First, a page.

MST: Do you think budget caps are achievable in F1? Why or why not?

MG: They are difficult to police because of company structures, and also because there will always be someone pushing the system further than expected.  For example, when a team is a subsidiary of a car company, how do you apportion cost that the car company may absorb but yet benefit the F1 team?

My view is that the FIA could cap costs by creating technical regulations which make it impossible or pointless to spend more than a certain amount of money.  Everyone knew the new powertrain regs were going to triple the annual costs, so the flipside is that you could equally proscribe certain technologies to limit future spend.

One example might be having no specification changes permitted to the cars from race to race – perhaps upgrades only 4 times a year.  You could even – at the risk of upsetting the aero community – expect teams to fix their aero for a season. Radical, but an example of how you could stop development running away with budgets.

MST: Is there a company that you feel you could do what Red Bull has done – a team that had been in F1 first from just a pure sponsorship/branding element that has then brought its leadership, in the form of Dietrich (Mateschitz), and the people, (David) Coulthard, (Adrian) Newey, on down the line – and change the game in F1 once more? Or do you feel this is a once-in-a-generation type of story?

MG: Benetton did it, Red Bull replicated that and frankly any global brand who wanted to do what they have done could do so.  However in both these case they made sure they got the very best people involved – think Brawn & Byrne at Benetton, or Horner & Newey at Red Bull Racing.

There is no reason why a Samsung, Google, Tesla or Apple could not do F1 in the way Benetton and Red Bull have, but it would have to be run by people who understood the industry, and with the business plan that enjoyed the benefit of both a correct level of up-front investment as well as a clear focus on turning it into a profit-centre with third-party sponsorship attracted by the opportunity to work alongside the host company.  It has to be run like a business, otherwise if everyone thinks there is a patron writing the cheques each month the culture is wrong from the start.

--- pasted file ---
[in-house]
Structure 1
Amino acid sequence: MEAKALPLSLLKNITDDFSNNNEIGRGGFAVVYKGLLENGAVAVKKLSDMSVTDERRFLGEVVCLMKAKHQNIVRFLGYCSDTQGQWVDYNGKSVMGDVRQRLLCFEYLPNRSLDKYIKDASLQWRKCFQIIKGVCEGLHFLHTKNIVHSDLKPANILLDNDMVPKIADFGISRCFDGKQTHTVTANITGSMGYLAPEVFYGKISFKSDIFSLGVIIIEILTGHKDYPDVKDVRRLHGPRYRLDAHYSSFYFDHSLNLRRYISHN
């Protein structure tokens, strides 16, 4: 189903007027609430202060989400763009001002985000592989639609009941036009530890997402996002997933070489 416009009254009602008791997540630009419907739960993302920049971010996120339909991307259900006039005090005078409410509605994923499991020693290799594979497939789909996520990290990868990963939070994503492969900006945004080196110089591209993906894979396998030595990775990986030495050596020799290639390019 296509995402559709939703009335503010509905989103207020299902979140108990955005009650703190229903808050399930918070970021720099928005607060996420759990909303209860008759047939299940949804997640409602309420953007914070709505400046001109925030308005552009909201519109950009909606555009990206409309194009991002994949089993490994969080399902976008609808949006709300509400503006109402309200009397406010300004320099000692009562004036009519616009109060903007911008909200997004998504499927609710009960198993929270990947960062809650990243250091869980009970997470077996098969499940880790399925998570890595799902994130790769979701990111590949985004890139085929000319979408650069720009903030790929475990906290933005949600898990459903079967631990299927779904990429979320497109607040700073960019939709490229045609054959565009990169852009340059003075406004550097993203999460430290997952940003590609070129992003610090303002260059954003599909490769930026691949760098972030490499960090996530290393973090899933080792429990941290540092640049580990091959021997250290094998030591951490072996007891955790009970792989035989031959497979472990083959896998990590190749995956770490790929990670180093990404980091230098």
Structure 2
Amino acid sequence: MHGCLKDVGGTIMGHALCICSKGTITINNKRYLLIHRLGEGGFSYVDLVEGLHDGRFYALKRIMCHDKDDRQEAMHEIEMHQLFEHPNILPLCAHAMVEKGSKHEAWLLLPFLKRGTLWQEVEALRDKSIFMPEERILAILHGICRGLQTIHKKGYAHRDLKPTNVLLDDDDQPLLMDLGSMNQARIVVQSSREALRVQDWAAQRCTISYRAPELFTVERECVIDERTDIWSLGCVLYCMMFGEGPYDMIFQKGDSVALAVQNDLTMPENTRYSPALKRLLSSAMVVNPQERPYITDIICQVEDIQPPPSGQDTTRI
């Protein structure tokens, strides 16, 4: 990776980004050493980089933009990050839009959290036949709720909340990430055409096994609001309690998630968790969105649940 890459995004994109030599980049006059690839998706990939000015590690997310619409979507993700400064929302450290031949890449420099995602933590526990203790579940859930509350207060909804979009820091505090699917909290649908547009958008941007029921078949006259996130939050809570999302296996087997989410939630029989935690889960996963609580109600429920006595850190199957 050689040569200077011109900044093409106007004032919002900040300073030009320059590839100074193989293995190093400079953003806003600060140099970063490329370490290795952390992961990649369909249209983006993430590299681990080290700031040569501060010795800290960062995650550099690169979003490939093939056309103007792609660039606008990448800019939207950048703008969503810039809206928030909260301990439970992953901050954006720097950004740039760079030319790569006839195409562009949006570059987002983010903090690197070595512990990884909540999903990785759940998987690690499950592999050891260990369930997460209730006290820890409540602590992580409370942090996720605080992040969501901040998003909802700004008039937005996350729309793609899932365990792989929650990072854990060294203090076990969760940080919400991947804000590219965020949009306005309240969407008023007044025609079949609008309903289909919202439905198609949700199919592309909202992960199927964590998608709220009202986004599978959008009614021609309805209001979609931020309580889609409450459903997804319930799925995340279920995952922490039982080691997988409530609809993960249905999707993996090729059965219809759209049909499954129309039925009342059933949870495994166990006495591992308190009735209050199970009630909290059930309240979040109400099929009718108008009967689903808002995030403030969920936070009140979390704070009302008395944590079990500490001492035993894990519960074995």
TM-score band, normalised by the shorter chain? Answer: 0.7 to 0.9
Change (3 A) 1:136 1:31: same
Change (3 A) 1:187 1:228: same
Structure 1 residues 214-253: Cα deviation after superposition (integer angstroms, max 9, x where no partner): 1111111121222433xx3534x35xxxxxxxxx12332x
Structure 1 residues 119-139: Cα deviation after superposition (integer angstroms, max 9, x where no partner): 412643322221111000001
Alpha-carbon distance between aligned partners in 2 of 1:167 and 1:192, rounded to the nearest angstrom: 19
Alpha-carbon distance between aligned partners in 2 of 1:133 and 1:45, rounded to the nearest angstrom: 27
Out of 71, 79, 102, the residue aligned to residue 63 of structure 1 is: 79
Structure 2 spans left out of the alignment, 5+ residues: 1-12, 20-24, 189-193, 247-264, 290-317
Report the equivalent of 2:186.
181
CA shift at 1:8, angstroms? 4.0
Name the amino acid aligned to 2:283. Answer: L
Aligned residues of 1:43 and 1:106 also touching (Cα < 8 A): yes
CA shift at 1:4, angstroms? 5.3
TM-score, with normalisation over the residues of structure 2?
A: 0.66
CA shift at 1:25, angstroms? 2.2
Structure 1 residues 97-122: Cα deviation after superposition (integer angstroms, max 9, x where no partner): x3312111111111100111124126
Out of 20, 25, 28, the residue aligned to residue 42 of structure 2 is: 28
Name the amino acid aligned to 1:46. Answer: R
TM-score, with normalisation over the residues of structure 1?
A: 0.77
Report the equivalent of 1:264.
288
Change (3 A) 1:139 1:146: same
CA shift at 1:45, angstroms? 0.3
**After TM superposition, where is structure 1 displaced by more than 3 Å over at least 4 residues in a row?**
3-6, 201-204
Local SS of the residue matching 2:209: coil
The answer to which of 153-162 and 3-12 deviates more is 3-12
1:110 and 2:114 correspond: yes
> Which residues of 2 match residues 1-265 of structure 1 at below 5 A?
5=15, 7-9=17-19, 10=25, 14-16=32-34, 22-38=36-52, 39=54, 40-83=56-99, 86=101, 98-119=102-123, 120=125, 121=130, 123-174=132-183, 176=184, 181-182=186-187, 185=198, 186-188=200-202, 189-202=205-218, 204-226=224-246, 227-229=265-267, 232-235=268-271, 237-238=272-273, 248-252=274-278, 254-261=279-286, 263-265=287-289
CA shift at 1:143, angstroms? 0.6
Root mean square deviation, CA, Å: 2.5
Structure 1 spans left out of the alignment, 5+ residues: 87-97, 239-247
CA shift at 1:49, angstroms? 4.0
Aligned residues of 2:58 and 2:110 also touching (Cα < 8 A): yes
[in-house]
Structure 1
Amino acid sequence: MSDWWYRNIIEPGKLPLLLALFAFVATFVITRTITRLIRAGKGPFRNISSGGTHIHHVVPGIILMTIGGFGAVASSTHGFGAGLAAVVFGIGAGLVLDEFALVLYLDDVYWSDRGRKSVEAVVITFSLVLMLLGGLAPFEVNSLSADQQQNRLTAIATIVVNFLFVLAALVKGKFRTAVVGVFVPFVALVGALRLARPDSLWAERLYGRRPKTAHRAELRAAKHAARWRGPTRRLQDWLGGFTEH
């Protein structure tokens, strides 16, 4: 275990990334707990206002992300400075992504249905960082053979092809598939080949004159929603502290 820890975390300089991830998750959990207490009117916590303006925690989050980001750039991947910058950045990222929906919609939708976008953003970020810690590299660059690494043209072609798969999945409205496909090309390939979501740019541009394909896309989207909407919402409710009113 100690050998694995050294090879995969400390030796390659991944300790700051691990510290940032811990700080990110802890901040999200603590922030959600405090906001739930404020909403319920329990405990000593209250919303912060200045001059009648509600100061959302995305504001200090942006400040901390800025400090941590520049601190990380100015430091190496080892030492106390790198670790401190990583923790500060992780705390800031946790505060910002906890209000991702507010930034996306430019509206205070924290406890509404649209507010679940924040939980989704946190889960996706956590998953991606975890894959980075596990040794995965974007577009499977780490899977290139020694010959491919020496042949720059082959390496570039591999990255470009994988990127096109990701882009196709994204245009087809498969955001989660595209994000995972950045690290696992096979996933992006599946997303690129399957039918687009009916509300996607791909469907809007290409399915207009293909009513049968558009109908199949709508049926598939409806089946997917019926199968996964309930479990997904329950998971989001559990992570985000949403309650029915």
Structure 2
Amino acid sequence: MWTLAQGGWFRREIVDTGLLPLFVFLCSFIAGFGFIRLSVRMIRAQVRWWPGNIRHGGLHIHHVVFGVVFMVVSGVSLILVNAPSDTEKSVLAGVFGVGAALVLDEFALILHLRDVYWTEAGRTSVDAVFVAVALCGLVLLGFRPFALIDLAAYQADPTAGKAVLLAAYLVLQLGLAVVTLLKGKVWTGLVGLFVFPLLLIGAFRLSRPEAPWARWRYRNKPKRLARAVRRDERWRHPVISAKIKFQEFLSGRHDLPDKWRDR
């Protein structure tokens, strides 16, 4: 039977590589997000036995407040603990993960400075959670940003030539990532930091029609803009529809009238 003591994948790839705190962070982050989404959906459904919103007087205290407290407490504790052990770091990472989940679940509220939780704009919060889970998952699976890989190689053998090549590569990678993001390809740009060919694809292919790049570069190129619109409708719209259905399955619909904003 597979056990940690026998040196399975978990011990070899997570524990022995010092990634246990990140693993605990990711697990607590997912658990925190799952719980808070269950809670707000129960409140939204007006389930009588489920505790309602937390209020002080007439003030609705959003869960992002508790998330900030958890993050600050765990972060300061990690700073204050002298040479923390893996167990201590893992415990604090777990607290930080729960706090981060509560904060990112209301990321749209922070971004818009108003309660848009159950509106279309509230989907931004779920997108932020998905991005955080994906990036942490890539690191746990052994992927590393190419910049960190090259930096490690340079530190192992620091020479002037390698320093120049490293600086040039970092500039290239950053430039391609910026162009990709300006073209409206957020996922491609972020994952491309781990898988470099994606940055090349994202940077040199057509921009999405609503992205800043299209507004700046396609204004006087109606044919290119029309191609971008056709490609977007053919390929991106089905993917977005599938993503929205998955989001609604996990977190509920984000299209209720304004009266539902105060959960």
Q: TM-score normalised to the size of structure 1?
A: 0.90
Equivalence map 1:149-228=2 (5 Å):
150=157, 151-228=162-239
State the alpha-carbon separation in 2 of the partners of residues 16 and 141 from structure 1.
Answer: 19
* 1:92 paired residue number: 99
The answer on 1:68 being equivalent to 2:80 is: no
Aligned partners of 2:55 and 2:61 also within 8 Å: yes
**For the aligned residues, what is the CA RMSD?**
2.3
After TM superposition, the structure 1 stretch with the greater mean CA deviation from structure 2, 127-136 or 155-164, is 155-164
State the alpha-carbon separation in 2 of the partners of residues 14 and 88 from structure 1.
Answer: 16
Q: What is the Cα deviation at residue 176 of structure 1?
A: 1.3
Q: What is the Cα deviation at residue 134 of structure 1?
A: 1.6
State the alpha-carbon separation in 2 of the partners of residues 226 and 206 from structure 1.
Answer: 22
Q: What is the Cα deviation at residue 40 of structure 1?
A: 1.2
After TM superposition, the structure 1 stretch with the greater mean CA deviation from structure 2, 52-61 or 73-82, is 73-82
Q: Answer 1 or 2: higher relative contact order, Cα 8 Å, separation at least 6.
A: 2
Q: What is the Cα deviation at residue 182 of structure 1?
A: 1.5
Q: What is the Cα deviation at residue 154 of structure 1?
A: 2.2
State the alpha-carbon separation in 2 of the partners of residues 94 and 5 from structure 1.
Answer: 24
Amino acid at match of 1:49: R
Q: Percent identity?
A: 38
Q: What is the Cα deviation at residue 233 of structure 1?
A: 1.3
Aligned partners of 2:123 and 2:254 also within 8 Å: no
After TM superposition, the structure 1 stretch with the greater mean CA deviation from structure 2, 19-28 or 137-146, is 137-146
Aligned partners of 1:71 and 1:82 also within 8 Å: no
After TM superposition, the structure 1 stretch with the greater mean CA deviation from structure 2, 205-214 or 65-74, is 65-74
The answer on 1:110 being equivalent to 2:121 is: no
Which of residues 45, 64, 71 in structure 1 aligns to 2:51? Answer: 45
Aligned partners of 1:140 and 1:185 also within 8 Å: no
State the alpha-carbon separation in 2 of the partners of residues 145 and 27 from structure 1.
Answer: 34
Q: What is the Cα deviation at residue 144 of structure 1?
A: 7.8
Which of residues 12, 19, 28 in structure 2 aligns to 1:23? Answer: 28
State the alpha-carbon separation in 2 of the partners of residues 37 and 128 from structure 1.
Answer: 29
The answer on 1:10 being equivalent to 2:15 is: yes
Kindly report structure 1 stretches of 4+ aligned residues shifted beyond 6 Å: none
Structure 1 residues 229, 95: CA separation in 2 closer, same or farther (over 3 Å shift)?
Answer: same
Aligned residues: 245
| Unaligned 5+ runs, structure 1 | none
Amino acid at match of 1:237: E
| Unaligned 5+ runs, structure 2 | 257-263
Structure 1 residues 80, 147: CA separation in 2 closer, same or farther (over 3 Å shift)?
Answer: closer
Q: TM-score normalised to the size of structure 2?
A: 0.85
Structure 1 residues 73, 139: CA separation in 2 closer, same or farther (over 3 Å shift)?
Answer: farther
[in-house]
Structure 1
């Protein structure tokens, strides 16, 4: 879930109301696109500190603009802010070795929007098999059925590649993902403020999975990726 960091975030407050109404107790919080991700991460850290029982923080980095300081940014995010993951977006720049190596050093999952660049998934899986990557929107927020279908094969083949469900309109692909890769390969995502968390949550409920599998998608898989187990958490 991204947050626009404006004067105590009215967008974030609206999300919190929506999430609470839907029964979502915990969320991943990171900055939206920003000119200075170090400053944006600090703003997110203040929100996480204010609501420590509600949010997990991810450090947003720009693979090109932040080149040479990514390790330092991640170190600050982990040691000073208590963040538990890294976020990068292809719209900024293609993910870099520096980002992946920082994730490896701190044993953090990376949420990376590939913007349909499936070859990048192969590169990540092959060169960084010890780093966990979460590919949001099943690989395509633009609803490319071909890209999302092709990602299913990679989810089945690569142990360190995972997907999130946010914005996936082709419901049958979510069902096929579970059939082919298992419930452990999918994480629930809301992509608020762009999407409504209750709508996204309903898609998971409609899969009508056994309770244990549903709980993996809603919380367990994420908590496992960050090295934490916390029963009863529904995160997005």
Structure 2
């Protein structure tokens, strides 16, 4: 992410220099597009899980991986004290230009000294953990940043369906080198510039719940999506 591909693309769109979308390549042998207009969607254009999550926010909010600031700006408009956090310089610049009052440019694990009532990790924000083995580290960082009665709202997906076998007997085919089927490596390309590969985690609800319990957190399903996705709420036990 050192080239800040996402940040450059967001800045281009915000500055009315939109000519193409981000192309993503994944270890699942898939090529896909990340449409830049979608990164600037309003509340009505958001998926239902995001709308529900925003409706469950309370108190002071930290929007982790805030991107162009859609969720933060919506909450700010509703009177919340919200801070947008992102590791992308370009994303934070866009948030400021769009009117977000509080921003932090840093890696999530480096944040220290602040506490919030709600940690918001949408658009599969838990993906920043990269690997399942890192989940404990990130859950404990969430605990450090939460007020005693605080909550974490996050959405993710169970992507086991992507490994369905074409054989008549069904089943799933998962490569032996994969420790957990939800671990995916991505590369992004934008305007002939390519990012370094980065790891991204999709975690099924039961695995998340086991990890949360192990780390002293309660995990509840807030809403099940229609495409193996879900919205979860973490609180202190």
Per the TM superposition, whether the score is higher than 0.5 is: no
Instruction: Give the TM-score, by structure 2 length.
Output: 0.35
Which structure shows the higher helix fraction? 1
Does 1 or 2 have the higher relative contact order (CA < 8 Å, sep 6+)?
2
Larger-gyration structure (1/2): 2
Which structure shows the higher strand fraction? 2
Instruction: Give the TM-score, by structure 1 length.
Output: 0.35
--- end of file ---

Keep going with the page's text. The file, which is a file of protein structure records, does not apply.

MST: With good leadership and good communication so vital, which teams on the grid besides Red Bull and Mercedes are doing the best job of that now?

MG: Williams has rediscovered its capability on several fronts; technically, operationally and commercially.  Much of that is down to management changes so that the leadership is much more coherent than a few years ago.

MST: Were you at all surprised to see Mercedes win the title without Ross Brawn? How much did he and Michael Schumacher’s development over the three years play into the title, you mentioned it in the book.

MG: In my view Mercedes won because of Ross Brawn, and Bob Bell, who are responsible for this year’s car and put together the team that delivered it so magnificently.  Toto Wolff has been very clear about Ross’s contribution, and by implication Bob’s too, and no one should lose sight of the fact that the 2015 car was the result of the work done by Ross’s team in 2012-13 particularly in association with Mercedes HPE on the power train front.  A brilliant conceived and packaged car.

MST: Does it feel as though F1 is lacking for characters like an Eddie Jordan or Eddie Irvine? Part of the reason there’s a nostalgia element there is because to some outsiders, on the surface anyway, it appears many of today’s stars are corporate automatons devoid of much in the way of personality… to me anyway, it’s why Daniel Ricciardo is such a big hit because of his smile.

MG: I think there is a tendency to look at the past through rose tinted glasses.  I do it too!

I remember that in the 1980’s everyone was talking about the ’60’s, and then in the 90’s I used to meet guys telling me that the 70’s were great. Now we think the late 80’s and 90’s were a glorious time!

The drivers are very professional these days, but there are good personalities all around, and the media should maybe do more to uncover them;  it’s a relentless schedule for drivers with huge demands on their time, so it becomes very difficult to let your hair down.

I think Claire Williams is a fascinating new team boss, and looks set to carry the Williams forward as a family owned business; what a great story.  Sooner or later Ferrari will find a strong team boss to take them on to great things – maybe Christian Horner should consider it.  Why not?

I can tell you that if you had a glass or two of wine with an Eric Boullier, Bob Fearnley or Franz Tost, you would find very interested characters with a passion for F1 that burns just as brightly as it ever did in an Eddie Jordan or Colin Chapman.

Jenson Button joins NASCAR Garage 56 at Le Mans with Jimmie Johnson, Rockenfeller

Jenson Button NASCAR Le Mans
Getty Images